Theotonius’s priestly life was distinguished by a great love for the poor and for the Holy Souls in Purgatory, for whom he offered Mass every Friday. The Mass was followed by a procession to the cemetery and large sums were donated to the Priest but Theotonius distributed the money to the poor.
Theotonius retired from his pastoral office of Prior, after 30 years of service. He then became a Hermit in solitude. He kept with him through his old age a shepherd’s staff which St Bernard, the first Abbot of Clairvaux, had sent to him as a present when he heard of his sanctity. On Saturday, 18 February 1162, Theotonius died at the age of 80. The entire city of Coimbra showed their admiration and grief for him. King Afonso I of Portugal, Queen Teresa’s son and the first King of Portugal, who was a good friend of Theotonius’ was taken by such grief, that he said of him, “His soul will be in Heaven before his body is in the tomb.”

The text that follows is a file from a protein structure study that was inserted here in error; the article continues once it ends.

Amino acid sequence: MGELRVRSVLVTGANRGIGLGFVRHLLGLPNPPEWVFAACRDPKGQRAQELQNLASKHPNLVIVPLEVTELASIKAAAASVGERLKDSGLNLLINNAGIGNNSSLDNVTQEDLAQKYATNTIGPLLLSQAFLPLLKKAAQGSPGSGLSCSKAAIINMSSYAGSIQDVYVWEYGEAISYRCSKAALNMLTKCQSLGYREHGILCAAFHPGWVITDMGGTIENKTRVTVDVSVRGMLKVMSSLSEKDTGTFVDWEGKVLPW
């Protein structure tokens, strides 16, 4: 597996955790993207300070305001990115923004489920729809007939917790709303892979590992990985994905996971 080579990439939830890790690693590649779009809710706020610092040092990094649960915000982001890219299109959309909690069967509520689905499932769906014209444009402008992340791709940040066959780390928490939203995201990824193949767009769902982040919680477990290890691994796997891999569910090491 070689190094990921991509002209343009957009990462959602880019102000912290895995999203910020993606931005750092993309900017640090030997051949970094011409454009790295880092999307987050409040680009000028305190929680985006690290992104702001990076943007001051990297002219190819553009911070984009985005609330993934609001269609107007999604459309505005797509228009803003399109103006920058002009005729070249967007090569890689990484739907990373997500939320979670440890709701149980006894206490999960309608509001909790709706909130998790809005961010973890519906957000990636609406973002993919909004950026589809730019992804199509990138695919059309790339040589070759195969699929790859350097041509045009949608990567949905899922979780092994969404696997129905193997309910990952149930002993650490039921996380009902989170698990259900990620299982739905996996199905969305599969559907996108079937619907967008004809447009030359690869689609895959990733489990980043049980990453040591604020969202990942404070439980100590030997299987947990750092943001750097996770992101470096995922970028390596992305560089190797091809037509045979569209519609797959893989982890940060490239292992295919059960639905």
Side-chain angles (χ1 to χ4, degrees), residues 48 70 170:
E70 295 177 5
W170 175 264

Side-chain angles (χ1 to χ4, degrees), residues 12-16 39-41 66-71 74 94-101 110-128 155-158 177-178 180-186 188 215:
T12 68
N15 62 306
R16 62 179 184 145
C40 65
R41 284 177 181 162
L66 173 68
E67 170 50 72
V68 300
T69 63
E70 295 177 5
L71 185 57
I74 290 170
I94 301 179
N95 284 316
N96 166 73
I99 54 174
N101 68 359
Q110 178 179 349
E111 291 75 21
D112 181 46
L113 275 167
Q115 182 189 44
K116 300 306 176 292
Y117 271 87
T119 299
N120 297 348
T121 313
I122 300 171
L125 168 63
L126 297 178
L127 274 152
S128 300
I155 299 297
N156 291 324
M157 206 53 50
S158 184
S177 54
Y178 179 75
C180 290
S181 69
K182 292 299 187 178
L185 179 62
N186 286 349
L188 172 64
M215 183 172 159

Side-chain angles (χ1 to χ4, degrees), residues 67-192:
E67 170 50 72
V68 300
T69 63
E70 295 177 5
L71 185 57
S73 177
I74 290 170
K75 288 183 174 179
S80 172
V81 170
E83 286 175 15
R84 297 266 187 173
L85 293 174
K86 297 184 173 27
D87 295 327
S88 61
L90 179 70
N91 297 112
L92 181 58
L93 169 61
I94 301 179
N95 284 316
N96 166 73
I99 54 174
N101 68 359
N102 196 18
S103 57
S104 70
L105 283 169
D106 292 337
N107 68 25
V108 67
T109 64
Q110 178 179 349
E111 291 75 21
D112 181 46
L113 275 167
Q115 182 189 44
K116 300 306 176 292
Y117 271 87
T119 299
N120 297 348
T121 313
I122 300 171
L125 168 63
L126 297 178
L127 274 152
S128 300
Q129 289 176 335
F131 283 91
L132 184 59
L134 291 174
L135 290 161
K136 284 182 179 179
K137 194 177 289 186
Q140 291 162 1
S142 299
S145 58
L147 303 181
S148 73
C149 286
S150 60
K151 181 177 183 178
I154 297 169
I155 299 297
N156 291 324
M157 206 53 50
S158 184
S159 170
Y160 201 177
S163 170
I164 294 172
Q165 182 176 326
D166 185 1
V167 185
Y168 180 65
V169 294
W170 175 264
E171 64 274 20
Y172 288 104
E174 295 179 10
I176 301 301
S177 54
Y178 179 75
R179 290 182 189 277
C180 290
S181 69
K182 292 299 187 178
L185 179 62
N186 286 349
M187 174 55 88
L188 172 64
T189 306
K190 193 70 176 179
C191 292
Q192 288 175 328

During his life, St Theotonius was known for his humility and piety. His cultus was approved and he was Canonised by Pope Benedict XIV. His feast day is 18 February. Portugal issued postal stamps with the image of St. Theotonius that circulated from July 1958 to October 1961.
The Royal Confraternity of Saint Theotonius, founded on 2 November 2000, under the Royal protection of Dom Miguel de Bragança, Duke of Viseu, Infante of Portugal, is a secular organisation of the faithful with common ends, a group of men willingly desiring to defend the origins and Christian values, maintain and honour the spirit of and remember and promote, devotion to Saint Theotonius.